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EU Tourism Bodies Join Forces Against Air Traffic Control Strikes

Major EU tourism trade bodies are joining forces with Airlines for Europe (A4E) in efforts to minimize the “damaging” impact of air traffic controller (ATC) strikes on travelers and tourism across the EU.

“We are concerned about the increasing number of ATC strikes that result in major travel disruptions for our customers. In the midst of the busiest tourist season, ATC strikes cause major delays for millions of holidaymakers, many of which are families with young children,” said Pawel Niewiadomski, European Travel Agents & Tour Operators Association (ECTAA) president.

According to a joint statement issued by the Network for the European Private Sector in Tourism (NET) – consisting of CLIA Europe, ECTAA, EFCO & HPA, ETOA, Eurogites, HOTREC, IAAPA, and IRU – and A4E, since 2004, EU airlines and their passengers have faced 423 ATC strike days, 70 percent of which occurred in France.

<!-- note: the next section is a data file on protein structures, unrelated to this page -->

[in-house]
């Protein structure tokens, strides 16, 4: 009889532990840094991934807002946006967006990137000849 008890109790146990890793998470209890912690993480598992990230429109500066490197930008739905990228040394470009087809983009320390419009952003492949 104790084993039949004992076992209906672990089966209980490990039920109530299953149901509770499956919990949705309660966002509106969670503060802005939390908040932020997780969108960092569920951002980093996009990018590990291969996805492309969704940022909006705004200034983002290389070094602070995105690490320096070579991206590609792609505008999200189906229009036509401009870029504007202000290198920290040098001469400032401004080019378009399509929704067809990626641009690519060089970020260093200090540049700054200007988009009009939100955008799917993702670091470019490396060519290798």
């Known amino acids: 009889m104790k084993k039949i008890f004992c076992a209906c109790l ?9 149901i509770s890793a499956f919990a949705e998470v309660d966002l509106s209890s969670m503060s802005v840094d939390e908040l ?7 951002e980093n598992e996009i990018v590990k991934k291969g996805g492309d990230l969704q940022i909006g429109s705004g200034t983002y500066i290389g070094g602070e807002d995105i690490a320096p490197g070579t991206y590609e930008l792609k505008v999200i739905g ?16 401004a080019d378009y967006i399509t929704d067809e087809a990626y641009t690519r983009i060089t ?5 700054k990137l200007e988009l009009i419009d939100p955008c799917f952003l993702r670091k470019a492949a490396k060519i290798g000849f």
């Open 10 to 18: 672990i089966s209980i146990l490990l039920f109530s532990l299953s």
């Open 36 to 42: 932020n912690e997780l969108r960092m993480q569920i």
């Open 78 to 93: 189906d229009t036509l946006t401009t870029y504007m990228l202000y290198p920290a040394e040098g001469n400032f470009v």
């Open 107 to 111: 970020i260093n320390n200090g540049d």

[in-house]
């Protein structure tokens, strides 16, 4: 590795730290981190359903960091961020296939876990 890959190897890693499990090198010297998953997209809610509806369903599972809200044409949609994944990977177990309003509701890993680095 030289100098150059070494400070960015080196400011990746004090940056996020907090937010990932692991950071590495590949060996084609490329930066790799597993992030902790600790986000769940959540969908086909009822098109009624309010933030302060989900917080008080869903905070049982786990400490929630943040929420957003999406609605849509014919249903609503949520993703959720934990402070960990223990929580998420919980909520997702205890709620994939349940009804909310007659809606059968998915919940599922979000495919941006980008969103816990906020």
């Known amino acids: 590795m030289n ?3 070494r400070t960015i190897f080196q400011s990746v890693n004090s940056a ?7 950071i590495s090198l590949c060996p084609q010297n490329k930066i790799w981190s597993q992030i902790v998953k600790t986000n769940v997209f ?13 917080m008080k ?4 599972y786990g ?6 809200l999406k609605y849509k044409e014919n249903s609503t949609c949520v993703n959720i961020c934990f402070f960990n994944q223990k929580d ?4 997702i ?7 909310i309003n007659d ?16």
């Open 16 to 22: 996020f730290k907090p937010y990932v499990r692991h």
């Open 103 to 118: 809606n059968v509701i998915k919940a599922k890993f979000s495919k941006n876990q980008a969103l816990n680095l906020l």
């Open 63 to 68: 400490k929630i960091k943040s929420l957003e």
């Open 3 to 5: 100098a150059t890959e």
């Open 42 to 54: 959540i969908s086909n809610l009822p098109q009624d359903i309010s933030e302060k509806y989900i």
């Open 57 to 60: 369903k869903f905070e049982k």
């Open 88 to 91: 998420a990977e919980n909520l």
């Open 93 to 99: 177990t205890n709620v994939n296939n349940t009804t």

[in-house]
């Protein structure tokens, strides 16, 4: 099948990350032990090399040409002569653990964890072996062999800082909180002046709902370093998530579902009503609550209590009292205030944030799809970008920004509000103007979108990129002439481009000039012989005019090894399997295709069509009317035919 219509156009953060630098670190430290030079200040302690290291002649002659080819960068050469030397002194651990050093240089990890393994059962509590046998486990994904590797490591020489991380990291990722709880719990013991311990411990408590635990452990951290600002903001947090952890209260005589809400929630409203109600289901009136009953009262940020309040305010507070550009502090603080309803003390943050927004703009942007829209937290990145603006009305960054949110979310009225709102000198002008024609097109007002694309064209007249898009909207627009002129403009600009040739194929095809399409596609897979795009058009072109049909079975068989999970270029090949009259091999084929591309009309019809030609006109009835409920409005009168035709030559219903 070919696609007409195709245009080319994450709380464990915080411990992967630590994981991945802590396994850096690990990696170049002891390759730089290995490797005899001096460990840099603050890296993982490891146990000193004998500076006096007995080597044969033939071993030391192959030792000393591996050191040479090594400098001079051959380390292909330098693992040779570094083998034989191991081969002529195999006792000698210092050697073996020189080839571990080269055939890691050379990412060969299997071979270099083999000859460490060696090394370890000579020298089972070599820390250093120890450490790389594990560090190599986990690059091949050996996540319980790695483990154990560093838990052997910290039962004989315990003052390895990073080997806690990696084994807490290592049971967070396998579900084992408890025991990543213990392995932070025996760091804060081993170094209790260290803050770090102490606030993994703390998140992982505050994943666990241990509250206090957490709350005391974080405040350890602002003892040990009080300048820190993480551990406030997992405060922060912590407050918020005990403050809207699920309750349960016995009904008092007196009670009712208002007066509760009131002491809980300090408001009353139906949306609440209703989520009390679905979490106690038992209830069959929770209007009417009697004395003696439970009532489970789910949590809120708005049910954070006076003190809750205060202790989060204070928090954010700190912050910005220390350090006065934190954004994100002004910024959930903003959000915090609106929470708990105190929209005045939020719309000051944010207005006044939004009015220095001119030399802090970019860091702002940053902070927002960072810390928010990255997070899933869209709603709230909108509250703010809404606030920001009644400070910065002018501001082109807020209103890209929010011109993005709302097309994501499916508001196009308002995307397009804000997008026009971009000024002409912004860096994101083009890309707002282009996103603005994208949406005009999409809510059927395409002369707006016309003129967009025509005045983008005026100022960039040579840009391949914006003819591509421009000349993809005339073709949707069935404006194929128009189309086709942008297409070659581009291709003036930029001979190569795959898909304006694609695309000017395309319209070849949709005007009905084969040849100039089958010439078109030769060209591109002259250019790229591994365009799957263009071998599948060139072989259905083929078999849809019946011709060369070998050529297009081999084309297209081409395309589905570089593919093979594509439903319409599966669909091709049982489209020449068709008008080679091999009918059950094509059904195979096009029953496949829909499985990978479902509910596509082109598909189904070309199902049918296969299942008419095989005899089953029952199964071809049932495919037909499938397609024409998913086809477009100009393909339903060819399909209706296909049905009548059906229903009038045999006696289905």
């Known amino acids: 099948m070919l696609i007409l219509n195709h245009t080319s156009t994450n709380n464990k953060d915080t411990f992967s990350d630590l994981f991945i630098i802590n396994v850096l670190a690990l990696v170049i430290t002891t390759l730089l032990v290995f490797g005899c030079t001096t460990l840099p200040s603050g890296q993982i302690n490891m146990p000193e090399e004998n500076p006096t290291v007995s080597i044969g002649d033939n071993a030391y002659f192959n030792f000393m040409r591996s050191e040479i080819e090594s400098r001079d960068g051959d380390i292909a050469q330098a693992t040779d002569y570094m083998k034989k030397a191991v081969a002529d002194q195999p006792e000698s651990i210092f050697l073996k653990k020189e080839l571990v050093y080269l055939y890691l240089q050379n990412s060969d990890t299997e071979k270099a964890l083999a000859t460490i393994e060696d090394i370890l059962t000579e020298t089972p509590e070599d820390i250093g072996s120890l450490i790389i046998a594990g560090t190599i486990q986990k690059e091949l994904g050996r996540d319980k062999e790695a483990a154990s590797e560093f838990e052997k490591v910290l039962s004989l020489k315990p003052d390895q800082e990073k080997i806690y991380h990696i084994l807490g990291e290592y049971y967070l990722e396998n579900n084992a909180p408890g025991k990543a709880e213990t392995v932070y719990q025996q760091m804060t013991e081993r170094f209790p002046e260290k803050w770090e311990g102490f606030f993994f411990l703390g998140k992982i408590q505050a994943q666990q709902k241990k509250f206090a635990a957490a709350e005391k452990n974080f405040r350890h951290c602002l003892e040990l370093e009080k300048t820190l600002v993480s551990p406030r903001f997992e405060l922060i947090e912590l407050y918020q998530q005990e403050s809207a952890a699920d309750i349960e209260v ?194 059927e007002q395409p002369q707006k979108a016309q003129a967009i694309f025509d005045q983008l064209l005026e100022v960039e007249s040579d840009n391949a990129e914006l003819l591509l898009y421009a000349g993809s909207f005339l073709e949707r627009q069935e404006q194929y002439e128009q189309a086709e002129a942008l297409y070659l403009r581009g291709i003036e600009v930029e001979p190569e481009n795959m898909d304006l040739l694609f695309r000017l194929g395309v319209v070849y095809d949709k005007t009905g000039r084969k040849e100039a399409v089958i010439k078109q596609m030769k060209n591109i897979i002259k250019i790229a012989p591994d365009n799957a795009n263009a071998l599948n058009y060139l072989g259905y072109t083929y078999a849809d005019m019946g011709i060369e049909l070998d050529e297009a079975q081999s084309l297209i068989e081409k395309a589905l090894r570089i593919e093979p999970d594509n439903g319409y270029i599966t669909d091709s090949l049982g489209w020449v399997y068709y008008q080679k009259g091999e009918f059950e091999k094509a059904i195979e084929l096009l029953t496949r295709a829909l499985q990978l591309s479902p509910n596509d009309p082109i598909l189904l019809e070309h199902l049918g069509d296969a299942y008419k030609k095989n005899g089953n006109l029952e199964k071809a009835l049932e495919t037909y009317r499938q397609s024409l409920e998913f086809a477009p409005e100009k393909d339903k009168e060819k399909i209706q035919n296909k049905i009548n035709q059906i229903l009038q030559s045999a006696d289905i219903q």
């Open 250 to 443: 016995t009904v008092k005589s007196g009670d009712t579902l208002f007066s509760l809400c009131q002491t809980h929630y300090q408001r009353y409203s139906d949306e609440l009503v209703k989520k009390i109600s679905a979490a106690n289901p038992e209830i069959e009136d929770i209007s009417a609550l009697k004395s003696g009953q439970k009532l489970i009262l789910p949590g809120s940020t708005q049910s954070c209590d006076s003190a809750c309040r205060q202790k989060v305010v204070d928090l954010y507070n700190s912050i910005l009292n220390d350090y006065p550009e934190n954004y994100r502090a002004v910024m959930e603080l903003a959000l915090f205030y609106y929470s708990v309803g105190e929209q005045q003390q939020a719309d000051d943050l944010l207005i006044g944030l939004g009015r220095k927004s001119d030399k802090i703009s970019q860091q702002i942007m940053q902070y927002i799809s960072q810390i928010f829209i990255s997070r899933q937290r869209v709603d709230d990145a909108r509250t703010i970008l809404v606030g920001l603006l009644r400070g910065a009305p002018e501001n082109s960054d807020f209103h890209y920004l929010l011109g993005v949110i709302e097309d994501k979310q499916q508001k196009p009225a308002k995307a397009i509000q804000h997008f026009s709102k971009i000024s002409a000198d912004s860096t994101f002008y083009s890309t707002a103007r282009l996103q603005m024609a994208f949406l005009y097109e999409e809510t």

A total of 29 strike days have already occurred in the first six months of 2018, causing delays and cancelations affecting millions of travelers.

The statement goes on to note that ATC strikes have a costly impact on tourism, European economies and the environment; customers’ journeys and supply chains are disrupted; diversions result in much longer flights, burn more fuel, result in higher CO2 emissions; small- and medium-size businesses are put at risk; airlines are required to pay passenger compensation; tour operators have to offer alternative travel arrangements and possible refunds.

A4E is proposing a mandatory 72-hour individual notification period for employees wishing to strike, protection of overflights, and an improved continuity of service for passengers.

Indicatively, according to a recent study, air traffic strikes are estimated at having cost the EU, 13.4 billion euros since 2010.

Europe’s largest airline association, A4E also proposed additional investments be made in technology, processes and human resources to make Europe’s air traffic management system capable of coping with ever-increasing traffic.

“2018 is shaping up to be one of the worst years ever for ATC strikes in Europe. We stand together with NET, its members and Europe’s tourism industry as a whole in calling on authorities to take immediate action to improve the situation and reverse the trend”, said Thomas Reynaert, MD at A4E.

Meanwhile, travelers can join A4E’s Free Movement Call for Action by signing its online petition at The petition will be presented to authorities in Brussels and EU capitals by the end of 2018.

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